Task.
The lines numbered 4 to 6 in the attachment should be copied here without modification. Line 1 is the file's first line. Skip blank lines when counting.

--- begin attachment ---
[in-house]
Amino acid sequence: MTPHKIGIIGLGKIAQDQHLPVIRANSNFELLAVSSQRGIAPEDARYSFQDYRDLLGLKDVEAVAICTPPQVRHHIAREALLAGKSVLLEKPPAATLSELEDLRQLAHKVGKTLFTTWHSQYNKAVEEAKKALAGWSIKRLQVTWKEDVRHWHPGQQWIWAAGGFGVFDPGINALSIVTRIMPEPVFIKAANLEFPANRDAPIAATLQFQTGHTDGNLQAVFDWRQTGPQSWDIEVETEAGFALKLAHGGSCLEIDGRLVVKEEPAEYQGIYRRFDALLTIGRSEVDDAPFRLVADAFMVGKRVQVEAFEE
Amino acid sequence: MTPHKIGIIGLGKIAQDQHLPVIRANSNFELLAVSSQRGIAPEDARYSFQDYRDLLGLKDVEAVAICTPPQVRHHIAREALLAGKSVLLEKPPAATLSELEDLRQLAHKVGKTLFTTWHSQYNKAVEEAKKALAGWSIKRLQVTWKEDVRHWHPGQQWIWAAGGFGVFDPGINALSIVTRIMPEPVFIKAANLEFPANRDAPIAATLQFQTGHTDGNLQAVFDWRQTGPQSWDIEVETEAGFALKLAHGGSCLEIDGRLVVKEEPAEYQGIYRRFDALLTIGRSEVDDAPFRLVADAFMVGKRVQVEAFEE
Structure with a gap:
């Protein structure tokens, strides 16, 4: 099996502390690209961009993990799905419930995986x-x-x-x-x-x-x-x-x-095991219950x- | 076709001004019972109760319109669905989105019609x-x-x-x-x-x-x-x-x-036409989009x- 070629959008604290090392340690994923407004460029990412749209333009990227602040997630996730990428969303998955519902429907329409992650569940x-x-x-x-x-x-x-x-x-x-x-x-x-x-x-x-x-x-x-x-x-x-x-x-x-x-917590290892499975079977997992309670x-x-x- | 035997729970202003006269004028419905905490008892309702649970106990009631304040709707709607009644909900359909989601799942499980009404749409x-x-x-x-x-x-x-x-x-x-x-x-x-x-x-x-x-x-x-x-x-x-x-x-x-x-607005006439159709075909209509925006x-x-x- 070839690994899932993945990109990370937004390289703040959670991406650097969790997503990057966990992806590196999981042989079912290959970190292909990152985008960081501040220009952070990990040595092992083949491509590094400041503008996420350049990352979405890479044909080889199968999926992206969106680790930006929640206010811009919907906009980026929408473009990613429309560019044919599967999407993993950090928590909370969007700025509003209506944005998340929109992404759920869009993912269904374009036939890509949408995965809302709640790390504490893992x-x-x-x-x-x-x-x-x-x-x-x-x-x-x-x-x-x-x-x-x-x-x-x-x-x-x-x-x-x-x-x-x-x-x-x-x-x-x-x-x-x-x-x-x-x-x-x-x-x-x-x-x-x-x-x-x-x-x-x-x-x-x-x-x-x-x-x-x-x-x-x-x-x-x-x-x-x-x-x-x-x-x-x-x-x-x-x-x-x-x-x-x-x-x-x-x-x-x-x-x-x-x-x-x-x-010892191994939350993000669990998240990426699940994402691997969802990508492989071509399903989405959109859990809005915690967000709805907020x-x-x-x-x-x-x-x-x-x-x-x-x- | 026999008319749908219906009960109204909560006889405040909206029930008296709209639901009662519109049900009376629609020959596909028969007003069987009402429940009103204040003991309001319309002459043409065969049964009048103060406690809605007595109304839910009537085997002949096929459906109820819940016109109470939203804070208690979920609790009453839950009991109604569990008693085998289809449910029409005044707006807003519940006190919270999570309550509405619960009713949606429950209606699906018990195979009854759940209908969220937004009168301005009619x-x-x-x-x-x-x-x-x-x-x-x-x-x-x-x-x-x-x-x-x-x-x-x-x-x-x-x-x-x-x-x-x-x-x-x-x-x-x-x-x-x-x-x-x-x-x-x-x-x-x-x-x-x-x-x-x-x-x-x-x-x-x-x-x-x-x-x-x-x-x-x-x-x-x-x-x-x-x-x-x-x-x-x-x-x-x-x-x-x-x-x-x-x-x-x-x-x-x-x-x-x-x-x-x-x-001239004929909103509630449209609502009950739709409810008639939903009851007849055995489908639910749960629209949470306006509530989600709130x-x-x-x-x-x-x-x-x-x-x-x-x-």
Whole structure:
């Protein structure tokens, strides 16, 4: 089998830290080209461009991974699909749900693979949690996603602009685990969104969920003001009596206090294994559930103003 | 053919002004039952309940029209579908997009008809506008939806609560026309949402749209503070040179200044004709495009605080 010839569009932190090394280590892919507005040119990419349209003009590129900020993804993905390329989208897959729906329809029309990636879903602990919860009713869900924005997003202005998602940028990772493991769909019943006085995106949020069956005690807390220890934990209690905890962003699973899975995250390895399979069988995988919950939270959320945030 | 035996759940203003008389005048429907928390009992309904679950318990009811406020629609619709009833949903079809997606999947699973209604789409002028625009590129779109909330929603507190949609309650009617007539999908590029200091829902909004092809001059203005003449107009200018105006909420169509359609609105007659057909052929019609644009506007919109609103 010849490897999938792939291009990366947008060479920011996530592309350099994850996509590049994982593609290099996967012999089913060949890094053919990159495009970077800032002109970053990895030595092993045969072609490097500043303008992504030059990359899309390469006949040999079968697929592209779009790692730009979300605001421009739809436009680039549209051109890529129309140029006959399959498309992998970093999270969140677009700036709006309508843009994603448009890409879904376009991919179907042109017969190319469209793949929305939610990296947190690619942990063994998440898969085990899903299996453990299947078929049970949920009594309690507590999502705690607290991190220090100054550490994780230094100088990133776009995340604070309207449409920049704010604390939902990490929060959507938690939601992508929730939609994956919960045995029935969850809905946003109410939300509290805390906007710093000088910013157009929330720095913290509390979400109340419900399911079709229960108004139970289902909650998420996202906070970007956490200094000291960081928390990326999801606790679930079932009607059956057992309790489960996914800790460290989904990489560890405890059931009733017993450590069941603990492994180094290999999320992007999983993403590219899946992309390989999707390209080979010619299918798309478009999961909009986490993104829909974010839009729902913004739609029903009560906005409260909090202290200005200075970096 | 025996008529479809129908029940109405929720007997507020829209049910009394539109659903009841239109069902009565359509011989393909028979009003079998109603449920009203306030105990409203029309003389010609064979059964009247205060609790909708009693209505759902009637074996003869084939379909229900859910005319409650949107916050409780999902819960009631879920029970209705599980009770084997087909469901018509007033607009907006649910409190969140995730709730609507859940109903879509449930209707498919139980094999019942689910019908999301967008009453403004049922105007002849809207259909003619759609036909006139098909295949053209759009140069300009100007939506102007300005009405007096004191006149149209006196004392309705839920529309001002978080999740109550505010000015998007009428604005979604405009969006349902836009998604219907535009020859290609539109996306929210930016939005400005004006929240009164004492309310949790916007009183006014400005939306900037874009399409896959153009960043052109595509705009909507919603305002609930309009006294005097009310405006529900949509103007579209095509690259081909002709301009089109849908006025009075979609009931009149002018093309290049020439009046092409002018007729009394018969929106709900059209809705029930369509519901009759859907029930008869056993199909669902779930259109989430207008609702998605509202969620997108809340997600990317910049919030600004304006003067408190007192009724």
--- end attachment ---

Structure with a gap:
């Protein structure tokens, strides 16, 4: 099996502390690209961009993990799905419930995986x-x-x-x-x-x-x-x-x-095991219950x- | 076709001004019972109760319109669905989105019609x-x-x-x-x-x-x-x-x-036409989009x- 070629959008604290090392340690994923407004460029990412749209333009990227602040997630996730990428969303998955519902429907329409992650569940x-x-x-x-x-x-x-x-x-x-x-x-x-x-x-x-x-x-x-x-x-x-x-x-x-x-917590290892499975079977997992309670x-x-x- | 035997729970202003006269004028419905905490008892309702649970106990009631304040709707709607009644909900359909989601799942499980009404749409x-x-x-x-x-x-x-x-x-x-x-x-x-x-x-x-x-x-x-x-x-x-x-x-x-x-607005006439159709075909209509925006x-x-x- 070839690994899932993945990109990370937004390289703040959670991406650097969790997503990057966990992806590196999981042989079912290959970190292909990152985008960081501040220009952070990990040595092992083949491509590094400041503008996420350049990352979405890479044909080889199968999926992206969106680790930006929640206010811009919907906009980026929408473009990613429309560019044919599967999407993993950090928590909370969007700025509003209506944005998340929109992404759920869009993912269904374009036939890509949408995965809302709640790390504490893992x-x-x-x-x-x-x-x-x-x-x-x-x-x-x-x-x-x-x-x-x-x-x-x-x-x-x-x-x-x-x-x-x-x-x-x-x-x-x-x-x-x-x-x-x-x-x-x-x-x-x-x-x-x-x-x-x-x-x-x-x-x-x-x-x-x-x-x-x-x-x-x-x-x-x-x-x-x-x-x-x-x-x-x-x-x-x-x-x-x-x-x-x-x-x-x-x-x-x-x-x-x-x-x-x-x-010892191994939350993000669990998240990426699940994402691997969802990508492989071509399903989405959109859990809005915690967000709805907020x-x-x-x-x-x-x-x-x-x-x-x-x- | 026999008319749908219906009960109204909560006889405040909206029930008296709209639901009662519109049900009376629609020959596909028969007003069987009402429940009103204040003991309001319309002459043409065969049964009048103060406690809605007595109304839910009537085997002949096929459906109820819940016109109470939203804070208690979920609790009453839950009991109604569990008693085998289809449910029409005044707006807003519940006190919270999570309550509405619960009713949606429950209606699906018990195979009854759940209908969220937004009168301005009619x-x-x-x-x-x-x-x-x-x-x-x-x-x-x-x-x-x-x-x-x-x-x-x-x-x-x-x-x-x-x-x-x-x-x-x-x-x-x-x-x-x-x-x-x-x-x-x-x-x-x-x-x-x-x-x-x-x-x-x-x-x-x-x-x-x-x-x-x-x-x-x-x-x-x-x-x-x-x-x-x-x-x-x-x-x-x-x-x-x-x-x-x-x-x-x-x-x-x-x-x-x-x-x-x-x-001239004929909103509630449209609502009950739709409810008639939903009851007849055995489908639910749960629209949470306006509530989600709130x-x-x-x-x-x-x-x-x-x-x-x-x-």
Whole structure: